How does your garden grow?
"You make trash!”
That’s what Yvonne Michel tells first grade composting students at Daniel Island School (DIS). “I make trash, we all make trash.”
And she’s right.
“Forty percent of food grown or transported in the United States gets thrown away,” says Michel, a Daniel Island resident who helps maintain the Community Garden at DIS. She believes we can mitigate some of that waste by recycling leftover food as compost.
Compost is organic matter that has been decomposed and recycled as a fertilizer and soil amendment. Composting is a simple way to add nutrient-rich humus, which fuels plant growth and restores vitality to depleted soil. It’s also free, easy to make and good for the environment.
Yvonne points out that you can compost anything organic, but the bigger and tougher the item, the longer composting will take. A tree trunk, for example, might take hundreds of years.
The easiest raw materials to compost for the home gardener are vegetables.
“With the exception of eggshells, which are really just minerals, we’re going to stay away from animal products,” adds Michel. Animal products decompose with a lot of odor and attract pests. Celery, lettuce, rice, coffee grounds and vegetables of any kind make good composting choices.
In addition to the green vegetables, you will also need dry brown materials like dry fallen leaves.
Composting is done in a compost bin. There are several important features to look for when buying a bin. First, you want a black one.
“Just as it takes energy to grow plants, it takes energy to decompose them,” Michel says. A black bin absorbs heat and that solar energy speeds the composting process.
Second, you need a bin that is easy to turn. You will be turning your bin often, as much as once a day, so make it easy on yourself.
Third, you need to look for good aeration. Air needs to get into the composter for composting to occur.
Fourth, you need to make sure it has a drain. Water will slow down the composting process and needs to drain easily and well, especially after a rain. If the composting materials remain wet, they will rot rather than compost.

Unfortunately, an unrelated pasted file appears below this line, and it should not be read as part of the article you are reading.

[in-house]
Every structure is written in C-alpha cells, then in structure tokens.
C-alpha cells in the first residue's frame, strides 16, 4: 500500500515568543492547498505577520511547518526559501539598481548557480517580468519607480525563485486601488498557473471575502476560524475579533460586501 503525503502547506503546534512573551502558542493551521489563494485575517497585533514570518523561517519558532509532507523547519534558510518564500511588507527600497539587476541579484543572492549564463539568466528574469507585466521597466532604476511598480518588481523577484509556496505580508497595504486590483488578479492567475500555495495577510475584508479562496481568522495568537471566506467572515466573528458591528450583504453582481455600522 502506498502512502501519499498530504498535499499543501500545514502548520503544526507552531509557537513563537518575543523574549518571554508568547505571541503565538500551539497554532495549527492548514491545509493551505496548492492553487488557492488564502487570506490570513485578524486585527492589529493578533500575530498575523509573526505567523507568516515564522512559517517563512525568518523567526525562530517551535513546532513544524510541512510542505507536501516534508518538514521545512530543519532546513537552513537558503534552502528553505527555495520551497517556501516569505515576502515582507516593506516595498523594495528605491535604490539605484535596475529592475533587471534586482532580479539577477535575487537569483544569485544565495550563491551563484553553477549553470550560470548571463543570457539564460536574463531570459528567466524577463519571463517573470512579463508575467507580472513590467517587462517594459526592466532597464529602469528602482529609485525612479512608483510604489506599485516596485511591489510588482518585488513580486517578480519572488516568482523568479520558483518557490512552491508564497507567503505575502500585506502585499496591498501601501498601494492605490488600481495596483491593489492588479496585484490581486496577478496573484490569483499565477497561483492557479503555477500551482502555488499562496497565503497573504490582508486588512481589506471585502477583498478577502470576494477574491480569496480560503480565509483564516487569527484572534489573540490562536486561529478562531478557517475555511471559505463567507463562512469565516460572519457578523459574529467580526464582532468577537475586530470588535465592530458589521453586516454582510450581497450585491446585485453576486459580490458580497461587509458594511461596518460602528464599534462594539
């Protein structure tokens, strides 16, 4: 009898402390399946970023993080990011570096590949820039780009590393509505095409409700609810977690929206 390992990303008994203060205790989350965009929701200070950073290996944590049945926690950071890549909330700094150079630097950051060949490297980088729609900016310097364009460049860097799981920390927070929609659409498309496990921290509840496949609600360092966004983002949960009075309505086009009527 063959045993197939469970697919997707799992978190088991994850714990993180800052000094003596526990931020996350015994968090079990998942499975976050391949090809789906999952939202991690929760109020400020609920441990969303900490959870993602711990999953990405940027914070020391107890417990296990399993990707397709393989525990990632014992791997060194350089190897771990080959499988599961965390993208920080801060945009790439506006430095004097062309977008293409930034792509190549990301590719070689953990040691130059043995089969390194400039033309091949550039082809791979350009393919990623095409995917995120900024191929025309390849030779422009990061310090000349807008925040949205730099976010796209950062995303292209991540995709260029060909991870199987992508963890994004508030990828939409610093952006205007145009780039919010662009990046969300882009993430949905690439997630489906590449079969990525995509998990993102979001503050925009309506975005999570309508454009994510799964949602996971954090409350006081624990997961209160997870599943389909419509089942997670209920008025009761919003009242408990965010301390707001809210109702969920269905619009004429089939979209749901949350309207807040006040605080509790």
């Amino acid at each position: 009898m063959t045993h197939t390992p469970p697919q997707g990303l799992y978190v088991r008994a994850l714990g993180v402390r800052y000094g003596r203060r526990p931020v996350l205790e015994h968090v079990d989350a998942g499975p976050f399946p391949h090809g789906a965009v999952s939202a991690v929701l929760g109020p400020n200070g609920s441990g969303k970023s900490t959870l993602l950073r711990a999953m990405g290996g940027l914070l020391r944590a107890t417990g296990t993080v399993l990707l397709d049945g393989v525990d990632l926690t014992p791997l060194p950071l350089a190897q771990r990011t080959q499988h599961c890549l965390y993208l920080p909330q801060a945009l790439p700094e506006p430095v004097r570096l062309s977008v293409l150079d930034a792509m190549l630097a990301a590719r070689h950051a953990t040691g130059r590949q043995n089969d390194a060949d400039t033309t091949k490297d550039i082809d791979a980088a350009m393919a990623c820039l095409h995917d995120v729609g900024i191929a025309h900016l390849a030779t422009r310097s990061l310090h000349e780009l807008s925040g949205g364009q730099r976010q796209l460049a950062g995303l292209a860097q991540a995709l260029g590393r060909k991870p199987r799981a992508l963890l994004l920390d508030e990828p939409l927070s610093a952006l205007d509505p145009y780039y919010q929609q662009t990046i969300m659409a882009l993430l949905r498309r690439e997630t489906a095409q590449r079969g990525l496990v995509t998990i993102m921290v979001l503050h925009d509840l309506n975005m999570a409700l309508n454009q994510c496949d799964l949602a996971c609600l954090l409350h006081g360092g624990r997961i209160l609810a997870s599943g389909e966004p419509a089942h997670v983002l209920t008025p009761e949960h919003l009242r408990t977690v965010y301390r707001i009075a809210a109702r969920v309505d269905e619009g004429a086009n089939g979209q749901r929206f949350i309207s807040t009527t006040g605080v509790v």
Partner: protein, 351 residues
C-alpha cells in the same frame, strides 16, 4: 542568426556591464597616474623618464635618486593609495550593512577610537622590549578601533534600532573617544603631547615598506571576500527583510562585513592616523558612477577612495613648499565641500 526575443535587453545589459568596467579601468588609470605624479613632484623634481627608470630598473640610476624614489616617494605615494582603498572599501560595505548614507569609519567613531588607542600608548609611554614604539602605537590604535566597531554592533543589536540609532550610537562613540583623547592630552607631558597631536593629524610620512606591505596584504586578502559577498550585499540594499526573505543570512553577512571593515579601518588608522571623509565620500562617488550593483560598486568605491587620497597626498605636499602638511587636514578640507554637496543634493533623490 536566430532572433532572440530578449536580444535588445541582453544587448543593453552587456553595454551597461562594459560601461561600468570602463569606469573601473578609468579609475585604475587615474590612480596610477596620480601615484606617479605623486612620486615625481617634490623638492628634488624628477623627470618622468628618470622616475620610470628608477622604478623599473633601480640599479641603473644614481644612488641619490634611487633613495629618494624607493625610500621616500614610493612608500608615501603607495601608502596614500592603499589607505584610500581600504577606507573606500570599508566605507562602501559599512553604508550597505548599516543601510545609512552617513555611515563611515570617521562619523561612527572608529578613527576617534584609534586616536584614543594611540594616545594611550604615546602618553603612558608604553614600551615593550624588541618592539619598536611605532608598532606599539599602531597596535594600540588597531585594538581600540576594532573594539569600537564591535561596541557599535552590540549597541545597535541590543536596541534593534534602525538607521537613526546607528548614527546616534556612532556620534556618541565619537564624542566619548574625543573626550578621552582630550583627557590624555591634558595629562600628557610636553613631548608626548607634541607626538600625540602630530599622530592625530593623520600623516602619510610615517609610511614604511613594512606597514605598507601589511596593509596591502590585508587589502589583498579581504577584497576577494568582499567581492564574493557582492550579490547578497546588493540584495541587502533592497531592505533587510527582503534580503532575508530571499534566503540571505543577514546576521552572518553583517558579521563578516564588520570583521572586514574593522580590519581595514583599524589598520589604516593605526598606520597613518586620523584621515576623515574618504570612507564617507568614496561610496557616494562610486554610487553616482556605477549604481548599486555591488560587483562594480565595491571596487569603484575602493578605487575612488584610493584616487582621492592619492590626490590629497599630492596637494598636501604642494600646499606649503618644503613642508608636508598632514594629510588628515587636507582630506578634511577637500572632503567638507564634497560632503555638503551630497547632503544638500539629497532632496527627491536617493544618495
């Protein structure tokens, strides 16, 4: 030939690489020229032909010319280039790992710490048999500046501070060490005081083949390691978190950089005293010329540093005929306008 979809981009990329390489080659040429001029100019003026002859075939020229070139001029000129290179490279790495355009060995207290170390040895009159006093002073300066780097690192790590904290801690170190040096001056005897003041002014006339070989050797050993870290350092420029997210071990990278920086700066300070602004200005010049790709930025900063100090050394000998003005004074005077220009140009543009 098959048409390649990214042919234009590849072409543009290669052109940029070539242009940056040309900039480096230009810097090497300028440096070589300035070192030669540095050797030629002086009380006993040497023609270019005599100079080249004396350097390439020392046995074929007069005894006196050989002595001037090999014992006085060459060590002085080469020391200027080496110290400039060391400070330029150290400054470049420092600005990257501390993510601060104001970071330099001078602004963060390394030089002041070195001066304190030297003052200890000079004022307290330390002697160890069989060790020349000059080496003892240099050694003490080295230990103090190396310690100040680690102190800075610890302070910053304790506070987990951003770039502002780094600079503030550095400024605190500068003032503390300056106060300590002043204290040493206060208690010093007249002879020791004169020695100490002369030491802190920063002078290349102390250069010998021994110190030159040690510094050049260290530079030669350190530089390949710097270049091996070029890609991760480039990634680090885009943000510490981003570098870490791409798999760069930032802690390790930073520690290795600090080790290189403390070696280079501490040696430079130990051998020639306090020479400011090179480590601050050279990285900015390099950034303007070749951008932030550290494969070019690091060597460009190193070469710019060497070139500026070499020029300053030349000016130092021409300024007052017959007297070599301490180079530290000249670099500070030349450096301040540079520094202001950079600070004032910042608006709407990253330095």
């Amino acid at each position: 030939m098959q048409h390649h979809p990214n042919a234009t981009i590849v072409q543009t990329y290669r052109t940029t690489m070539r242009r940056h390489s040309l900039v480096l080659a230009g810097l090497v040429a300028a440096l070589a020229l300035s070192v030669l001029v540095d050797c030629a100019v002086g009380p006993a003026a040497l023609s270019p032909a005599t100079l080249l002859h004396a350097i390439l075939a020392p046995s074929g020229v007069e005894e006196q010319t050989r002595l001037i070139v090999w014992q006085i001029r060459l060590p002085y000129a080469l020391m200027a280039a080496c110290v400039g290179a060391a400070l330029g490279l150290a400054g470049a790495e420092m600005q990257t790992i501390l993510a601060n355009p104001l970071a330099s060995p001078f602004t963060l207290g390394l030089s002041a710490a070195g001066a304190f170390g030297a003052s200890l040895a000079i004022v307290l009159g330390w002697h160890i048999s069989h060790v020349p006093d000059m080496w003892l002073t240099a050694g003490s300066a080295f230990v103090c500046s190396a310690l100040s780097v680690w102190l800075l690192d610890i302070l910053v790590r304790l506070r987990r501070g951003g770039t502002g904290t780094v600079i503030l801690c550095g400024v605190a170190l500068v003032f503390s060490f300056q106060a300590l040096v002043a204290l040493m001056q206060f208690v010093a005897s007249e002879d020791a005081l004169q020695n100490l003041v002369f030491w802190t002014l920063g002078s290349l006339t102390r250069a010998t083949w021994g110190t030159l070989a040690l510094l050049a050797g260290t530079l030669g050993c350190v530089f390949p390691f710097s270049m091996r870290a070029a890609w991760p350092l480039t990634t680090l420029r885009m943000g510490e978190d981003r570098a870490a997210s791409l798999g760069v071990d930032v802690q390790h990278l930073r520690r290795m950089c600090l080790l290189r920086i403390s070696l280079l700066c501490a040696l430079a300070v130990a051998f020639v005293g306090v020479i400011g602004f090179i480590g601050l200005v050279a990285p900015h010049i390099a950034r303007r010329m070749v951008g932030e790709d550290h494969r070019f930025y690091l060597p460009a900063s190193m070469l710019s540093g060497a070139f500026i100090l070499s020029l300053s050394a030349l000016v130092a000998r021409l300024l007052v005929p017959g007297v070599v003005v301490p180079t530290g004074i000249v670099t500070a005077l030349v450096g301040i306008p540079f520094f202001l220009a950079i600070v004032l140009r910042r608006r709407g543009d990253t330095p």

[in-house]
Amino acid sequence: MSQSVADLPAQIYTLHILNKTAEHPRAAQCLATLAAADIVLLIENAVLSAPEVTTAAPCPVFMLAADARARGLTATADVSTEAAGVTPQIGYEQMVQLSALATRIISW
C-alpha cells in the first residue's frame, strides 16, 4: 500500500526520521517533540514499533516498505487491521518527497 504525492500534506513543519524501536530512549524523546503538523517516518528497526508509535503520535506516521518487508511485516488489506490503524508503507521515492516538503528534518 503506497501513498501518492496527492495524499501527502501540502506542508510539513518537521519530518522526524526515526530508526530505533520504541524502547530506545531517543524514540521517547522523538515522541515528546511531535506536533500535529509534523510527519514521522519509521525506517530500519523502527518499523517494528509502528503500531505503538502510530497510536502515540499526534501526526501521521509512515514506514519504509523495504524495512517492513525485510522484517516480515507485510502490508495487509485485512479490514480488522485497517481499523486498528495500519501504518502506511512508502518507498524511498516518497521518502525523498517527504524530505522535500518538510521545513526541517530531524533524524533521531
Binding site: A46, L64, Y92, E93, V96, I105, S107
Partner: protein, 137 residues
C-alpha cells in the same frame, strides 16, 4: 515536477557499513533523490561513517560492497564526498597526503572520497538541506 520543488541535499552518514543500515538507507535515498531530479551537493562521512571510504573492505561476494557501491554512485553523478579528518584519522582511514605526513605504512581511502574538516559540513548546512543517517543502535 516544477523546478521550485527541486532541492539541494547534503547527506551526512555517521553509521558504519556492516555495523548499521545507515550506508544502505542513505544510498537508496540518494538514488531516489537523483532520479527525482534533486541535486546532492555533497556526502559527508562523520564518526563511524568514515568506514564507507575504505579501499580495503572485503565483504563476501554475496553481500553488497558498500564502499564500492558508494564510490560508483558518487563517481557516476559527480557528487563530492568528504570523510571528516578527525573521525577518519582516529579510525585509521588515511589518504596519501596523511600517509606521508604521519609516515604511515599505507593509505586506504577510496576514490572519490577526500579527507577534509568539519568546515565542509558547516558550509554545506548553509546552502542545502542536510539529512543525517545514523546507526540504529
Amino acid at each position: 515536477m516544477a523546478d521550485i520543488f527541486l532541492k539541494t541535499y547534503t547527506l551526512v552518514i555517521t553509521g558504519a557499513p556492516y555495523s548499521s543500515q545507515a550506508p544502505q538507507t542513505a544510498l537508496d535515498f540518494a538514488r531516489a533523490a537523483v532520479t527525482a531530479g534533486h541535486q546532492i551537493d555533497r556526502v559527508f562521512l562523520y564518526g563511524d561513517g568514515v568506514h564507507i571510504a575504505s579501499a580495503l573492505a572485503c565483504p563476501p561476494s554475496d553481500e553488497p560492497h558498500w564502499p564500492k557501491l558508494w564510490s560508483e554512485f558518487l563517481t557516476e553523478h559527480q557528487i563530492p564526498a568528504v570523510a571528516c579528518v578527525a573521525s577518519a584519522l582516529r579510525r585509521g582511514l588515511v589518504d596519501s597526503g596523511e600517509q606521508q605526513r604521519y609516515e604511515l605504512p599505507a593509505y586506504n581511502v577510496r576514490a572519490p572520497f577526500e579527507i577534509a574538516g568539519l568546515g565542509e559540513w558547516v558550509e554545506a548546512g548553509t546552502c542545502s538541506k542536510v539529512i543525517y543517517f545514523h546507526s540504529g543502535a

Siting is also important. You need to put your composter where it gets a lot of sunlight. Yvonne has Daniel Island School’s composter up against a south facing brick wall.
To produce compost, she uses a three-month cycle and two composters. She begins putting compost materials into the first along with dried leaves. She then adds leftover food and rotates the bin. As the composting materials get damp, she adds dry leaves. She continues to add materials, rotating frequently for three months. After three months, she begins to add to the second bin and stops adding to the first, continuing to rotate both. After six months, the first bin is composted, ready to spread. At that point, she empties the first bin, begins filling it and stops filling the second, continuing to turn both. She now has a continuous supply of compost every three months.
Yvonne is passionate about the end product as well.
“On Daniel Island, we have clay and we have sand, but you also need organic material. Without organic material, the sand can’t hold water. Soil is a complex community with all the organisms, fungi, and bacteria. When you dig it up, you disturb that infrastructure. Adding compost on top of the soil allows the nutrients to replenish it without disturbing its organization.”
Clemson Cooperative Extension, with offices on Meeting Street in Charleston and the Berkeley County Administration Building in Monck’s Corner, suggest that you “Think of compost as a soil amendment and not as a fertilizer, since the nutrient level of compost is low and released over time. Mix compost with soil to enrich the flower and vegetable garden. It can be used to improve the soil around trees and shrubs, as a top-dressing for lawns, or as a mulch.”
With a small expense and little effort, you can not only help the fertility and yield of your garden and plantings, you can do your part to improve the environment. No wonder Yvonne is passionate.
For additional information on composting, visit http://www.clemson.edu/extension/hgic/plants/other/compost_mulch/hgic160....
The do’s and don’ts
• Fruits and vegetables
• Coffee grounds and filters
• Tea bags
• Nut shells
• Shredded newspaper
• Yard trimmings
• Grass clippings
• Hay and straw
• Wood chips
• Cotton and Wool Rags
• Dryer and vacuum cleaner lint
• Hair and fur
• Fireplace ashes
• Coal or charcoal ash
• Dairy products (e.g., butter, milk, sour cream, yogurt) and eggs
• Diseased or insect-ridden plants
• Fats, grease, lard, or oils
• Meat or fish bones and scraps
• Pet wastes
• Yard trimmings treated with
• Black walnut tree leaves or twigs
Source: Environmental Protection Agency.